Fortunately, the book gets more right than it gets wrong, and even the slow parts usually have compelling writing, so even when I got annoyed I still wanted to read more.

Dawn of Wonder is available at Amazon for $4.99 for the ebook, and $14.96 for the paperback.

Thursday, February 9, 2017

Mysterion stories on Tangent Online Recommended Reading List

We're excited to report that 4 stories from Mysterion made it onto the Tangent Online 2016 Recommended Reading List.

Short stories

  • “Forlorn” by Bret Carter
  • “Golgotha” by David Tallerman
  • “Cutio” by F. R. Michaels


  • “The Monastic” by Daniel Southwell

Congratulations to those whose stories were recommended!

Tuesday, January 31, 2017

Boskone 2017

Update (2/3/2017): Unfortunately, there's been a change of plans. Due to a death in the family, we will not be able to attend Boskone this year, so we're afraid we won't be able to host a party. Fortunately, Robert B Finegold has very kindly offered to attend the Boskone Book Party in our stead with copies of the anthology, and there will still be copies with Ian Randal Strock at the Fantastic Books table in the dealer's room.

Join us at this year's Boskone!  We'll be showing off Mysterion at the Boskone Book Party, with--schedules permitting--Mysterion authors Robert B Finegold and Kenneth Schneyer.  We're also throwing a party on Friday night, and Kristin has a reading and is on 5 panels.

Copies of Mysterion will be available for purchase, either directly from us, or from Ian Randal Strock at the Fantastic Books table in the dealers' room.

Here's our complete schedule.  All events take place at the Westin Boston Waterfront Hotel, 425 Summer St.

Friday, 8:00 PM
Don’t Quit Your Day Job Just Yet
E. C. Ambrose (M), Kristin Janz, Jennifer Pelland, James Patrick Kelly, David Anthony Durham
Marina 4 · 60 min · Panel

Mentors, teachers, agents, and editors continuously encounter new authors. These hopefuls possess abilities ranging from brilliant to talented but unpolished to … well, not so much. How do we balance criticism and praise, and to what degree? While it’s our aim to guide emerging writers and to help strengthen their work, is there ever a time to just say no? If so, how?

Friday, 9:30 PM-midnight
Mysterion Party
Location TBD (our hotel room)

Saturday, 9:30 AM
Reading by Kristin Janz
Kristin Janz
Griffin · 30 min · Reading

Saturday, 1:00 PM
Bioethical Issues Raised by SF … and Real Life
Stephen P. Kelner Jr., Priscilla Olson (M), Ken Altabef, Kristin Janz, JeffWarner
Harbor II · 60 min · Panel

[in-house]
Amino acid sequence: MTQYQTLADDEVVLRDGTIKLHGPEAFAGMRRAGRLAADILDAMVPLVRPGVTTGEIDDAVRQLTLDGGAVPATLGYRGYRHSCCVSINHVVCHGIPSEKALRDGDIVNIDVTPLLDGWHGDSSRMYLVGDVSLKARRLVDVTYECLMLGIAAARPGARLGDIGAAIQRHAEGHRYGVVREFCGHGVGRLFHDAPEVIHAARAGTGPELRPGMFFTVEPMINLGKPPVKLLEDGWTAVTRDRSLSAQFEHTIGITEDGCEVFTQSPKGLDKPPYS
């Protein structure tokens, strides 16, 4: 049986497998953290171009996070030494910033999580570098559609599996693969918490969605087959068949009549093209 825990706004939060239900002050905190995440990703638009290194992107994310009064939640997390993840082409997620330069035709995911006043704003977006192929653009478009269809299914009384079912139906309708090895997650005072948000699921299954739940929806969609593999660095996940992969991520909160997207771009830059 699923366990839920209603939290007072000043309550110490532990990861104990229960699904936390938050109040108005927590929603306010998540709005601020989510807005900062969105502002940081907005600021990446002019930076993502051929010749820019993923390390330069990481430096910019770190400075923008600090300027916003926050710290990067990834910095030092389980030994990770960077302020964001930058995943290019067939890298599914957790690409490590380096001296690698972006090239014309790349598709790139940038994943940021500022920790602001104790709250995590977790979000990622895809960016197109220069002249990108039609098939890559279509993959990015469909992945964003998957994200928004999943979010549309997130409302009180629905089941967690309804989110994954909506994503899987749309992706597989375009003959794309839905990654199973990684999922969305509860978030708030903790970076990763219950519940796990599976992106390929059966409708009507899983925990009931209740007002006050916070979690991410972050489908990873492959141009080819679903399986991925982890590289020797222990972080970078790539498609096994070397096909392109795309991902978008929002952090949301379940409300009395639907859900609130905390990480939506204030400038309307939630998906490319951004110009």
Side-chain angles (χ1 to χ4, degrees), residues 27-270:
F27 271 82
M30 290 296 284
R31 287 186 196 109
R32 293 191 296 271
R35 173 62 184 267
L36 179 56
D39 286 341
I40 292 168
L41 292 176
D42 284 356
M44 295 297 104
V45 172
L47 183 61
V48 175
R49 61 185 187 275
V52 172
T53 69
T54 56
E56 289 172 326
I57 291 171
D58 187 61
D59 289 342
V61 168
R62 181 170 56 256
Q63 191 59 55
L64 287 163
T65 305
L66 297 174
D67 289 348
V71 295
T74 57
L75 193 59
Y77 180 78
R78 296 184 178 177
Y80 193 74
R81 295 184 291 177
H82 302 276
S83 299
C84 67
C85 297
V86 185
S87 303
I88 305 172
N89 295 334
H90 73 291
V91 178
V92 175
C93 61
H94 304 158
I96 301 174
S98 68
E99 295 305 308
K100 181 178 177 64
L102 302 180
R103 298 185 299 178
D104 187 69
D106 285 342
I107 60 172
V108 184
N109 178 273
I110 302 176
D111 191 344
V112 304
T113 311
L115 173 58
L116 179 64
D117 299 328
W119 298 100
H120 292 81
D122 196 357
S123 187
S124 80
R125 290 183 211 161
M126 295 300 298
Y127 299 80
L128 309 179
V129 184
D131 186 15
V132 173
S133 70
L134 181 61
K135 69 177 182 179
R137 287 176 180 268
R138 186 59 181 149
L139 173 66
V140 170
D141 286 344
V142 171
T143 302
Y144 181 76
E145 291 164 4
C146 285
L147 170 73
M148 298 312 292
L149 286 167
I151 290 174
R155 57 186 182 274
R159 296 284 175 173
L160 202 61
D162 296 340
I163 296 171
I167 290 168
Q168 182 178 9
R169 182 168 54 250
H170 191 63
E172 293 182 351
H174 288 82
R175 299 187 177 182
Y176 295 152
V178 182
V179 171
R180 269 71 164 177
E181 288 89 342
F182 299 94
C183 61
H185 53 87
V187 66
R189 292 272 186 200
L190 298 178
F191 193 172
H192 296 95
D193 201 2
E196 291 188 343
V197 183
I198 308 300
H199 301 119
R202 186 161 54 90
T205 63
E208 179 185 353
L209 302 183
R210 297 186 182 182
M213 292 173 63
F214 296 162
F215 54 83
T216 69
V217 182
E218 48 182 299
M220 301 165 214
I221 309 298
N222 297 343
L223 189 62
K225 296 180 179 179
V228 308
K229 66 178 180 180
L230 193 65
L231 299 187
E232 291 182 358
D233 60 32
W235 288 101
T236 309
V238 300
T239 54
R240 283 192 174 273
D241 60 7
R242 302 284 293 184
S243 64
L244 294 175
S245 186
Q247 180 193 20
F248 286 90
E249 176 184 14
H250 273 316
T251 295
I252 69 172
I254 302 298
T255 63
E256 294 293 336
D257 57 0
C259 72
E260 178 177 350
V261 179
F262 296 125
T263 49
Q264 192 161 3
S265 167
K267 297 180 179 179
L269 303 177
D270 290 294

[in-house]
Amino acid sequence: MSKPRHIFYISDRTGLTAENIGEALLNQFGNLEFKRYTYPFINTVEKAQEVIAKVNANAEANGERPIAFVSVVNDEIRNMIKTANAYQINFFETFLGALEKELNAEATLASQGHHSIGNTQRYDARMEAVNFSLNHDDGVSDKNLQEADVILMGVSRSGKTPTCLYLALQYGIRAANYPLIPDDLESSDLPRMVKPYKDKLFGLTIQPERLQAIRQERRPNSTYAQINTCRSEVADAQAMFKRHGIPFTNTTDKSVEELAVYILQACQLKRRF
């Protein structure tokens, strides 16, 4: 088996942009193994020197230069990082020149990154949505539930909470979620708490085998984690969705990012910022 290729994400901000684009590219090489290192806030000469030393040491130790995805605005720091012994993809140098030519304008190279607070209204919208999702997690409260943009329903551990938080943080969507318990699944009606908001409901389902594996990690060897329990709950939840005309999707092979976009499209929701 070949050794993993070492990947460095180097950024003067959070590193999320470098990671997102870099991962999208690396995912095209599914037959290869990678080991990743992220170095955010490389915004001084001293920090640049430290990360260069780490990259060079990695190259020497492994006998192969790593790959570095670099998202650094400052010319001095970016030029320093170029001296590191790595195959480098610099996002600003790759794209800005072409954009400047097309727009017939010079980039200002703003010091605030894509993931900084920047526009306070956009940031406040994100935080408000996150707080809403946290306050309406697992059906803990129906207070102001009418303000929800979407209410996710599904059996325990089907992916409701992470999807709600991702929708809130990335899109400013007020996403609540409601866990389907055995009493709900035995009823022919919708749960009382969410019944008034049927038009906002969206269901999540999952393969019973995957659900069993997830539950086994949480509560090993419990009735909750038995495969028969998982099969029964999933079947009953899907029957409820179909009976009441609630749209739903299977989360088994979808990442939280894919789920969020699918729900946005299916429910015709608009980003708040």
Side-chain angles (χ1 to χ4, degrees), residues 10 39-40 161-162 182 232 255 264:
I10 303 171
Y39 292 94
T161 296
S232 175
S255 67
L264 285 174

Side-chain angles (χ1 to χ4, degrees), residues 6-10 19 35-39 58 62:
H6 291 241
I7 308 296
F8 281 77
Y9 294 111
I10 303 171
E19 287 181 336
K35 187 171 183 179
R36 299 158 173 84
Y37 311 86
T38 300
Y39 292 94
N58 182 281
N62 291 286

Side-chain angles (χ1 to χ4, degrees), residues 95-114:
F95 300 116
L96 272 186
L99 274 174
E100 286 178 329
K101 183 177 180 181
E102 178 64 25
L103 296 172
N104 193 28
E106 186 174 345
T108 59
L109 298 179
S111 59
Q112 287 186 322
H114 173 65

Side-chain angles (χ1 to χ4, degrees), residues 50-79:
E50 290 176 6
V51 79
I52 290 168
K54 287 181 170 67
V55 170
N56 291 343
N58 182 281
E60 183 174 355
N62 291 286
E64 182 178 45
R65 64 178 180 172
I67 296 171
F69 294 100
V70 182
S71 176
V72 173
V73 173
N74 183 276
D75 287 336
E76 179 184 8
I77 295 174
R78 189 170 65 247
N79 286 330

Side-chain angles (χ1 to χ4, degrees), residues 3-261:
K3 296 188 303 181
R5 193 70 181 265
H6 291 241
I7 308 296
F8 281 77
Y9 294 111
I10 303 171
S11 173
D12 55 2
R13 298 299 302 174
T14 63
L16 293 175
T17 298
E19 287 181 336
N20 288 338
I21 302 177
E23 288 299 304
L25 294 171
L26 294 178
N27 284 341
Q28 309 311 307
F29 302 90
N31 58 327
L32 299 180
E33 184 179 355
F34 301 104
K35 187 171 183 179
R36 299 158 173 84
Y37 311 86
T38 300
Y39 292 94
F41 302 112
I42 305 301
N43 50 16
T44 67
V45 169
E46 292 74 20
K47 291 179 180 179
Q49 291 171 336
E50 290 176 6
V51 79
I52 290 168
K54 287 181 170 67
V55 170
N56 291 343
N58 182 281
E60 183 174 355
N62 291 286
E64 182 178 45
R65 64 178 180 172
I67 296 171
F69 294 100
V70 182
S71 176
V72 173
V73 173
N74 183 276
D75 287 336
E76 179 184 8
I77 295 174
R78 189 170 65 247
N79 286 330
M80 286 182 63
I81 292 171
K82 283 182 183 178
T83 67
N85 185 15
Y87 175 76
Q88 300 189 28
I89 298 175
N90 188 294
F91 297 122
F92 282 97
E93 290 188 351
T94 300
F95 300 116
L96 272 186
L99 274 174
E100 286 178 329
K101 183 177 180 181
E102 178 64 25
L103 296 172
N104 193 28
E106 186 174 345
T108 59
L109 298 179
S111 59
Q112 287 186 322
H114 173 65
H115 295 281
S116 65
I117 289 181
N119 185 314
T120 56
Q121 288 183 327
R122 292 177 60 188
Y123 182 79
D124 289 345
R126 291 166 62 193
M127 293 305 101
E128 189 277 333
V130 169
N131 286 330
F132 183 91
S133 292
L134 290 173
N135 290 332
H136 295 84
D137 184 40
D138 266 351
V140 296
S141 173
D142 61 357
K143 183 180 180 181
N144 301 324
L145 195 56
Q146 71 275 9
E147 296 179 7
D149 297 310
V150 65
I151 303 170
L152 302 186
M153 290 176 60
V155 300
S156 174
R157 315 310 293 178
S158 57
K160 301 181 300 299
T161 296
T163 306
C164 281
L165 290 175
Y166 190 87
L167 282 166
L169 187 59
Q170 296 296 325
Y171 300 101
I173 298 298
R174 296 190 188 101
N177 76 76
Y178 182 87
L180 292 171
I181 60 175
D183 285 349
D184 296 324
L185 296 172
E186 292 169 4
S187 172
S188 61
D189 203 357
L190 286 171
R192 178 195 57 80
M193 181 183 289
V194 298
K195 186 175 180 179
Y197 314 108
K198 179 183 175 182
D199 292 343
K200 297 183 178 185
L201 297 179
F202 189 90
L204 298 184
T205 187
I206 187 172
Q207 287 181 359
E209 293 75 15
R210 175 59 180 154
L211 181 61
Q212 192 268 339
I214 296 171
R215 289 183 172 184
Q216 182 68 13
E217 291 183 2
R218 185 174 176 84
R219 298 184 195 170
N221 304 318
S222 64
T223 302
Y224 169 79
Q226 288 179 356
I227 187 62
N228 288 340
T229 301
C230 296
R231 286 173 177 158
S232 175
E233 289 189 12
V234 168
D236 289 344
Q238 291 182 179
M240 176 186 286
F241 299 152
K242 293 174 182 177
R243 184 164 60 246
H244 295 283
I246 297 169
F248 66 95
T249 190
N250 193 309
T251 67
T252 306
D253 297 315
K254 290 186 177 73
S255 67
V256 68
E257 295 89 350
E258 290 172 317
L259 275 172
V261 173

Ongoing advances in biotechnology and biomedical research have delivered some important benefits, and promise more. But they’ve also brought ethical concerns, calls for moratoria, fresh regulation — and new moral dilemmas. There may or may not be something wrong with playing God: but are we playing blind? What might we unleash with stem cell research, modified viruses, bioengineered cures, self-replicating nanobots, cloning, and regrowth of organs or limbs?

Saturday, 6:30 PM
Boskone Book Party
Galleria – Stage · 60 min · Event
Join us for Boskone’s Book Party! See what’s just out from authors you love, and discover new favorites. The book party will include E. C. Ambrose ( Elaine Isaak ), Neil Clarke, LJ Cohen, Milton Davis, Grady Hendrix, Carlos Hernandez, Jeremy Flagg, Kristin Janz, Hillary Monahan, Cerece Rennie Murphy, Ian Randal Strock, Christine Taylor-Butler, and more!

Saturday, 8:00 PM
A Muddle of Mad Scientists
Jordin T. Kare, Debra Doyle, John P. Murphy (M), Kristin Janz, John Langan
Burroughs · 60 min · Panel
From Dr. Frankenstein to Dr. Faustus, Mrs. Coulter to Dr. Horrible, genre fiction is filled with a long list of the crazily creative geniuses known as mad scientists. Why do we love them? What makes the mad scientist character so appealing in horror, comedy, and everything in between? Join us for a mad, mad discussion featuring some of our favorite screwy scientists/inventors from the past, present, and future.

Saturday, 9:00 PM
Cooking with Chemistry!
B. Diane Martin, David G. Shaw, Kristin Janz (M)
Burroughs · 60 min · Panel
Foodies love to experiment with new equipment and techniques that reformulate their favorite ingredients into exciting new dishes. On the menu: unexpected contrasts of taste and texture, changes in serving temperature, and how to exploit naturally occurring components in new ways. Our panelists discuss chemistry, cooking, and cool culinary science.

Sunday, 10:00 AM
Chemistry: Spec Fic’s Critical Compound
Milton Davis, Kristin Janz, Mark L. Olson (M), Justine Graykin, Steven Popkes
Marina 2 · 60 min · Panel
It’s got a long history within speculative fiction, but it’s often overshadowed by biology, physics, and astronomy. From transmutating metals to creating fuels, gunpowder, poisons, and (in The Martian) oxygen, chemistry is often the unsung science of our genres. We’ll discuss chemistry’s practical aspects, and how they are successfully applied within a story. We’ll also look at a few bang-up examples where the science went wrong …

Monday, January 23, 2017

Awards Season

As some of you know, nominations are now open for the Hugo and Nebula awards. To assist any readers wanting to nominate their favorite stories from Mysterion, we've assembled a list of award-eligible stories, sorted by nomination category.

Short story

  • “When I Was Dead” by Stephen Case
  • “Forlorn” by Bret Carter
  • “Too Poor to Sin” by H. L. Fullerton
  • “Golgotha” by David Tallerman
  • “A Good Hoard” by Pauline J. Alama
  • “Yuri Gagarin Sees God” by J. S. Bangs
  • “Cutio” by F. R. Michaels
  • “Yuki and the Seven Oni” by S. Q. Eries
  •  “Ascension” by Laurel Amberdine
  • “The Physics of Faith” by Mike Barretta
  • “Horologium” by Sarah Ellen Rogers


  • “The Monastic” by Daniel Southwell
  • “Of Thine Impenetrable Spirit” by Robert B Finegold, MD
  • “The Angel Hungers” by Christian Leithart
  • “This Far Gethsemane” by G. Scott Huggins
  • “Cracked Reflections” by Joanna Michal Hoyt

The other four stories are reprints, and do not qualify for this year's award nominations.

Monday, January 9, 2017

Arisia 2017

Enigmatic Mirror Press (i.e., Kristin and Donald) will be at Arisia in Boston next weekend!  Come to our party on Saturday night (check the party board for room number), or stop by our table in the Artist/Author Alley on Sunday and Monday.  We'll have copies of Mysterion for sale, and free cookies.

Arisia 2017
January 13th-16th